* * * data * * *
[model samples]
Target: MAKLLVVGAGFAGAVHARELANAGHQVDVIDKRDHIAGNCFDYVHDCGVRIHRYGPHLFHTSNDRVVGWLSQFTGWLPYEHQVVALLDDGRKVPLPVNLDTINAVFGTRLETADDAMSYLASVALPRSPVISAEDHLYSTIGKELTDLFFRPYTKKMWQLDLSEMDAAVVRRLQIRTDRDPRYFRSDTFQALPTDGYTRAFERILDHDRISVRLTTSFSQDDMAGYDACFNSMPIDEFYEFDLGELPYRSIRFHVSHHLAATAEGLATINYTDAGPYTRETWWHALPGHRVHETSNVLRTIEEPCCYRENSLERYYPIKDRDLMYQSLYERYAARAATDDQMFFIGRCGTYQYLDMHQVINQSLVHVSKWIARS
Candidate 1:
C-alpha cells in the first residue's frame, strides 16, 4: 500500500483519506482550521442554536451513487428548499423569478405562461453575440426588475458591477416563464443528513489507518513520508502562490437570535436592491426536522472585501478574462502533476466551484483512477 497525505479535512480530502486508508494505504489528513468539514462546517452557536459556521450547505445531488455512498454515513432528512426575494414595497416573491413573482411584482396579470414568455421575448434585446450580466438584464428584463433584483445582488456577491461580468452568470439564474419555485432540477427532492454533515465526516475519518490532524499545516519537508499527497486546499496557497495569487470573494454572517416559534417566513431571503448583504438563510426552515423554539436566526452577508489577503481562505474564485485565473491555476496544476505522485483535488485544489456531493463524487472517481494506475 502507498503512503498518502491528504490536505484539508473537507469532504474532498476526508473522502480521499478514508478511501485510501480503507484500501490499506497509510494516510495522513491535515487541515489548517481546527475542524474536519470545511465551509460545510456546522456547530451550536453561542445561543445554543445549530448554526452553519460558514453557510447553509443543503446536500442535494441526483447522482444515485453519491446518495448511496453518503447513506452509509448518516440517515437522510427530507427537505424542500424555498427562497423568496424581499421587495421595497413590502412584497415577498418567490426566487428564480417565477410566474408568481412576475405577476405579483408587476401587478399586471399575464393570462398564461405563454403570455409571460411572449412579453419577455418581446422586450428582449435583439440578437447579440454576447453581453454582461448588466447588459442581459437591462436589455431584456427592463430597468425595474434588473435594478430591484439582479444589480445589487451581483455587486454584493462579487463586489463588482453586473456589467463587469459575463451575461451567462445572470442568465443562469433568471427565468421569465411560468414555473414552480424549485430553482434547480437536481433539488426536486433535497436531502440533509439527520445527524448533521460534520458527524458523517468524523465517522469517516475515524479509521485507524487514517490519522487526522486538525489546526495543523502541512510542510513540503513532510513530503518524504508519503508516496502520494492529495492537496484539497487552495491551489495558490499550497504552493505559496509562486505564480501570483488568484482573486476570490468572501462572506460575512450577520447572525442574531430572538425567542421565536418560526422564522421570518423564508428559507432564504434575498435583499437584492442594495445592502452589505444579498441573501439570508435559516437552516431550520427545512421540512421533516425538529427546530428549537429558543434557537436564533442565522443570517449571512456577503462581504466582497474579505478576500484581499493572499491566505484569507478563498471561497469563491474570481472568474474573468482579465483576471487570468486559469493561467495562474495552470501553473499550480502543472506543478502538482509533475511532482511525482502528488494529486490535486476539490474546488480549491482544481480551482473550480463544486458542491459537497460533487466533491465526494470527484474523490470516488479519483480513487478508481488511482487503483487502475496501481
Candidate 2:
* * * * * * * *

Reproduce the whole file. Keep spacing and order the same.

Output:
[model samples]
Target: MAKLLVVGAGFAGAVHARELANAGHQVDVIDKRDHIAGNCFDYVHDCGVRIHRYGPHLFHTSNDRVVGWLSQFTGWLPYEHQVVALLDDGRKVPLPVNLDTINAVFGTRLETADDAMSYLASVALPRSPVISAEDHLYSTIGKELTDLFFRPYTKKMWQLDLSEMDAAVVRRLQIRTDRDPRYFRSDTFQALPTDGYTRAFERILDHDRISVRLTTSFSQDDMAGYDACFNSMPIDEFYEFDLGELPYRSIRFHVSHHLAATAEGLATINYTDAGPYTRETWWHALPGHRVHETSNVLRTIEEPCCYRENSLERYYPIKDRDLMYQSLYERYAARAATDDQMFFIGRCGTYQYLDMHQVINQSLVHVSKWIARS
Candidate 1:
C-alpha cells in the first residue's frame, strides 16, 4: 500500500483519506482550521442554536451513487428548499423569478405562461453575440426588475458591477416563464443528513489507518513520508502562490437570535436592491426536522472585501478574462502533476466551484483512477 497525505479535512480530502486508508494505504489528513468539514462546517452557536459556521450547505445531488455512498454515513432528512426575494414595497416573491413573482411584482396579470414568455421575448434585446450580466438584464428584463433584483445582488456577491461580468452568470439564474419555485432540477427532492454533515465526516475519518490532524499545516519537508499527497486546499496557497495569487470573494454572517416559534417566513431571503448583504438563510426552515423554539436566526452577508489577503481562505474564485485565473491555476496544476505522485483535488485544489456531493463524487472517481494506475 502507498503512503498518502491528504490536505484539508473537507469532504474532498476526508473522502480521499478514508478511501485510501480503507484500501490499506497509510494516510495522513491535515487541515489548517481546527475542524474536519470545511465551509460545510456546522456547530451550536453561542445561543445554543445549530448554526452553519460558514453557510447553509443543503446536500442535494441526483447522482444515485453519491446518495448511496453518503447513506452509509448518516440517515437522510427530507427537505424542500424555498427562497423568496424581499421587495421595497413590502412584497415577498418567490426566487428564480417565477410566474408568481412576475405577476405579483408587476401587478399586471399575464393570462398564461405563454403570455409571460411572449412579453419577455418581446422586450428582449435583439440578437447579440454576447453581453454582461448588466447588459442581459437591462436589455431584456427592463430597468425595474434588473435594478430591484439582479444589480445589487451581483455587486454584493462579487463586489463588482453586473456589467463587469459575463451575461451567462445572470442568465443562469433568471427565468421569465411560468414555473414552480424549485430553482434547480437536481433539488426536486433535497436531502440533509439527520445527524448533521460534520458527524458523517468524523465517522469517516475515524479509521485507524487514517490519522487526522486538525489546526495543523502541512510542510513540503513532510513530503518524504508519503508516496502520494492529495492537496484539497487552495491551489495558490499550497504552493505559496509562486505564480501570483488568484482573486476570490468572501462572506460575512450577520447572525442574531430572538425567542421565536418560526422564522421570518423564508428559507432564504434575498435583499437584492442594495445592502452589505444579498441573501439570508435559516437552516431550520427545512421540512421533516425538529427546530428549537429558543434557537436564533442565522443570517449571512456577503462581504466582497474579505478576500484581499493572499491566505484569507478563498471561497469563491474570481472568474474573468482579465483576471487570468486559469493561467495562474495552470501553473499550480502543472506543478502538482509533475511532482511525482502528488494529486490535486476539490474546488480549491482544481480551482473550480463544486458542491459537497460533487466533491465526494470527484474523490470516488479519483480513487478508481488511482487503483487502475496501481
Candidate 2: